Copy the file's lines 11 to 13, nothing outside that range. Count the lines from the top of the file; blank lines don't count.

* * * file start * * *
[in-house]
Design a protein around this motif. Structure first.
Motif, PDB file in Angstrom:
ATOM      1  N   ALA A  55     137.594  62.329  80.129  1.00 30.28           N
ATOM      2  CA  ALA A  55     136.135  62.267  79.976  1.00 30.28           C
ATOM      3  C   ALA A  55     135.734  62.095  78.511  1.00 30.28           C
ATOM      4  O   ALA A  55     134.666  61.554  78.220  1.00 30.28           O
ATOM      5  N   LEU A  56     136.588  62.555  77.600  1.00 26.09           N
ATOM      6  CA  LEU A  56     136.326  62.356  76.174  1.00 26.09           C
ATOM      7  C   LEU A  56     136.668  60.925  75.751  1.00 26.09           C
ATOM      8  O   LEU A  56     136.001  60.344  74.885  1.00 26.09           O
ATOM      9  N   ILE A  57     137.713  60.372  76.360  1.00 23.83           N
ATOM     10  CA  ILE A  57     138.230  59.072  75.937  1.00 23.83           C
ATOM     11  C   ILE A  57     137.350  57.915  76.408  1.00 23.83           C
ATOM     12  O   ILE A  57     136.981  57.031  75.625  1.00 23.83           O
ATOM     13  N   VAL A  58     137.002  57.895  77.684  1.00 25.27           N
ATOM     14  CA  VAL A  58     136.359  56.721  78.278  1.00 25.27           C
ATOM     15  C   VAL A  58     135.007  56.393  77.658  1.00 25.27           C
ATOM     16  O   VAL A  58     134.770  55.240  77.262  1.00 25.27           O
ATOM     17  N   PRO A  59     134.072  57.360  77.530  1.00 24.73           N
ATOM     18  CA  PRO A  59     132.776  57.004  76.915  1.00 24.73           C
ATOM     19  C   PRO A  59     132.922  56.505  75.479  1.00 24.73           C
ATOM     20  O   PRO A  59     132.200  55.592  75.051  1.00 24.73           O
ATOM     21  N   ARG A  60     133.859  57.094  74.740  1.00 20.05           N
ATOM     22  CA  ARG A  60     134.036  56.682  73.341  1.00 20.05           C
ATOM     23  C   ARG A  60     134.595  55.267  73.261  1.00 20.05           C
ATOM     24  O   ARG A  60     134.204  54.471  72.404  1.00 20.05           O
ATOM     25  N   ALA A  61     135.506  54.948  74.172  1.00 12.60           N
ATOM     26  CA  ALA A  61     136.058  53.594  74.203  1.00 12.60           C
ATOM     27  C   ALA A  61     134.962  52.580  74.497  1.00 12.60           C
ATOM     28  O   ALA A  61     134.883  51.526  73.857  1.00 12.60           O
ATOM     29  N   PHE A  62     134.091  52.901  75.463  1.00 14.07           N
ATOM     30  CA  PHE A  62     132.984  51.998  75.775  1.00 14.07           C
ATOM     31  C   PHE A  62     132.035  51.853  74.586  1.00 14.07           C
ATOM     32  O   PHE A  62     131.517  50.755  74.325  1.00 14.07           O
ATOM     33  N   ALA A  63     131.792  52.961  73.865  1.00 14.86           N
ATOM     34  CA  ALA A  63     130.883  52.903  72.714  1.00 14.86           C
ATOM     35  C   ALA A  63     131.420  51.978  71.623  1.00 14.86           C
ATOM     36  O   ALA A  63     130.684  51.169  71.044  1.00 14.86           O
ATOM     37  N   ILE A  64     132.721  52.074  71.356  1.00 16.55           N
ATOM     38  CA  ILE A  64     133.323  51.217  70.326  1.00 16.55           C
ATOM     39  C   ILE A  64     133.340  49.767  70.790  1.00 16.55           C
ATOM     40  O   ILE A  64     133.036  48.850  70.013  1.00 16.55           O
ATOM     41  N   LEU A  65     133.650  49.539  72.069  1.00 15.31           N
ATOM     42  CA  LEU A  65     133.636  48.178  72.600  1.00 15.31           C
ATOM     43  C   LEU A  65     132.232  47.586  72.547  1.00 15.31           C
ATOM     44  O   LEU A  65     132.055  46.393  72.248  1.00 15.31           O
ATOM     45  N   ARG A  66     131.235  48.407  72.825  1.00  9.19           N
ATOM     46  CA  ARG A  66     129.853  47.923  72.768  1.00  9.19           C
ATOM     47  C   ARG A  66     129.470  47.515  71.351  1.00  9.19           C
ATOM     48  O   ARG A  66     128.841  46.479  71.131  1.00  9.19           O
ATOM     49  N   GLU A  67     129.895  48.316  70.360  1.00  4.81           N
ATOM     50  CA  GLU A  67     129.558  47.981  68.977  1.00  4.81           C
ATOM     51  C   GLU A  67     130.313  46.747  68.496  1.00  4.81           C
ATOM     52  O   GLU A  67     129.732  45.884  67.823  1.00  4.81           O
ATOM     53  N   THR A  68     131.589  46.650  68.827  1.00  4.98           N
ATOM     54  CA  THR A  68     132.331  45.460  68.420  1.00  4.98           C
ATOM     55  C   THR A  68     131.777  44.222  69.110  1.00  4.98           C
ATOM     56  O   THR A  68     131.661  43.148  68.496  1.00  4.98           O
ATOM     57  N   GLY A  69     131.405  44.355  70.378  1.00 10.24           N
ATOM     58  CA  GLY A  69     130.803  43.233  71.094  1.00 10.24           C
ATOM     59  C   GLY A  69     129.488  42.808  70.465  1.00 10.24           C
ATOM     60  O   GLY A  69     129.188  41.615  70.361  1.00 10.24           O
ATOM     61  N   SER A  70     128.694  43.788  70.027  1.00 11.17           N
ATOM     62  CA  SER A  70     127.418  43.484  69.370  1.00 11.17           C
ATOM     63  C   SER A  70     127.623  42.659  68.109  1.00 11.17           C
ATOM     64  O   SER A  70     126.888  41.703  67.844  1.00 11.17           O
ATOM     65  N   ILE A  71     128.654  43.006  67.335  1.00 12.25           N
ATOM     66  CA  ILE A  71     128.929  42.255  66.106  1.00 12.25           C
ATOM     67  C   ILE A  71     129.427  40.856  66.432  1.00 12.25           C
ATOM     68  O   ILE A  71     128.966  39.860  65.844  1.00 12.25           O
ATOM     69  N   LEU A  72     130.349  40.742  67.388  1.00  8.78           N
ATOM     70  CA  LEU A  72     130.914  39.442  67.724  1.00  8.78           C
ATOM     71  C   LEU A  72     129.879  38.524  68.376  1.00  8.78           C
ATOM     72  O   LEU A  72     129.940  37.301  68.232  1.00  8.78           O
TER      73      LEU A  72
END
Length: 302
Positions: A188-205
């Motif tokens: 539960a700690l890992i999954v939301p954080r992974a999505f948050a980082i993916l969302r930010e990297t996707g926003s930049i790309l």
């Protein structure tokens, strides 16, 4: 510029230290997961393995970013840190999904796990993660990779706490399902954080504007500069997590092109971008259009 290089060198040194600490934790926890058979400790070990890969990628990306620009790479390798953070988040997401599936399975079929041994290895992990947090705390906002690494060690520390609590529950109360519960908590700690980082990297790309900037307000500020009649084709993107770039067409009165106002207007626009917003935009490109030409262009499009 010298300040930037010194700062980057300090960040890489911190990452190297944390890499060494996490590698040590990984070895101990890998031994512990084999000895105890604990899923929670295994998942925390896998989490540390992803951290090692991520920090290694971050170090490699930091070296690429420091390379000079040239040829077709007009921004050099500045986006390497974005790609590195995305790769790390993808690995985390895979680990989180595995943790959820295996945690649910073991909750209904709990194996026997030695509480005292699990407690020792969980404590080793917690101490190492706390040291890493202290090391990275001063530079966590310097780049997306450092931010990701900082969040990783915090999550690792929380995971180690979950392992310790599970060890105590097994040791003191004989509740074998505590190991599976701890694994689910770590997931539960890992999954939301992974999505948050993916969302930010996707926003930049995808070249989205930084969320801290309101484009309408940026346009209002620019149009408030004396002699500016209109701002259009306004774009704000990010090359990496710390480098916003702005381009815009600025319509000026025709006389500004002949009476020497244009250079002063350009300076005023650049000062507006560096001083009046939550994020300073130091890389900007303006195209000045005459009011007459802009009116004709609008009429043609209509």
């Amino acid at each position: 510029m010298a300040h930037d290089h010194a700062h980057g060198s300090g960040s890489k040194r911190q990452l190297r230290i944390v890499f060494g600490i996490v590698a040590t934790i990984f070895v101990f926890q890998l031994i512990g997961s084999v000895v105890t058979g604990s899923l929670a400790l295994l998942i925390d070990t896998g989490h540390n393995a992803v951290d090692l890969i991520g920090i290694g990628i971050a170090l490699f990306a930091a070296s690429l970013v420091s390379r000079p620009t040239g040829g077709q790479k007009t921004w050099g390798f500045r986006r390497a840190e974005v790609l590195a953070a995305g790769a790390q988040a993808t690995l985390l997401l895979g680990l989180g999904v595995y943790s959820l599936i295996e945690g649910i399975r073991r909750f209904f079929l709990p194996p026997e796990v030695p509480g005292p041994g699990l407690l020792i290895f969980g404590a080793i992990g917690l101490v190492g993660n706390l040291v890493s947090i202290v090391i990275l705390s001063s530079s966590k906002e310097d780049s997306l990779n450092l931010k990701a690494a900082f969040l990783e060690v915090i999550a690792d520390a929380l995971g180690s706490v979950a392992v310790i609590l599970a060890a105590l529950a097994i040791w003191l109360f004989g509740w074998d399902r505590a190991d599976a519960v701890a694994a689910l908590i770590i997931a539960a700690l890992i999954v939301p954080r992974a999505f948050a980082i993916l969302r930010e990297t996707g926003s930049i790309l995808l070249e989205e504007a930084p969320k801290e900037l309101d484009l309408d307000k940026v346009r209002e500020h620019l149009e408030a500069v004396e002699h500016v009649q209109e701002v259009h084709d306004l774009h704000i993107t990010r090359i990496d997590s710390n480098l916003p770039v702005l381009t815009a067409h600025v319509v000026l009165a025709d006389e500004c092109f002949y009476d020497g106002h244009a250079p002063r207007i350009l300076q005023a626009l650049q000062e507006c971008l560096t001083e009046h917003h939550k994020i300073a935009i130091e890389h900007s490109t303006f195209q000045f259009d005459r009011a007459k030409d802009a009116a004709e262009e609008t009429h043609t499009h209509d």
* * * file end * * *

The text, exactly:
ATOM      8  O   LEU A  56     136.001  60.344  74.885  1.00 26.09           O
ATOM      9  N   ILE A  57     137.713  60.372  76.360  1.00 23.83           N
ATOM     10  CA  ILE A  57     138.230  59.072  75.937  1.00 23.83           C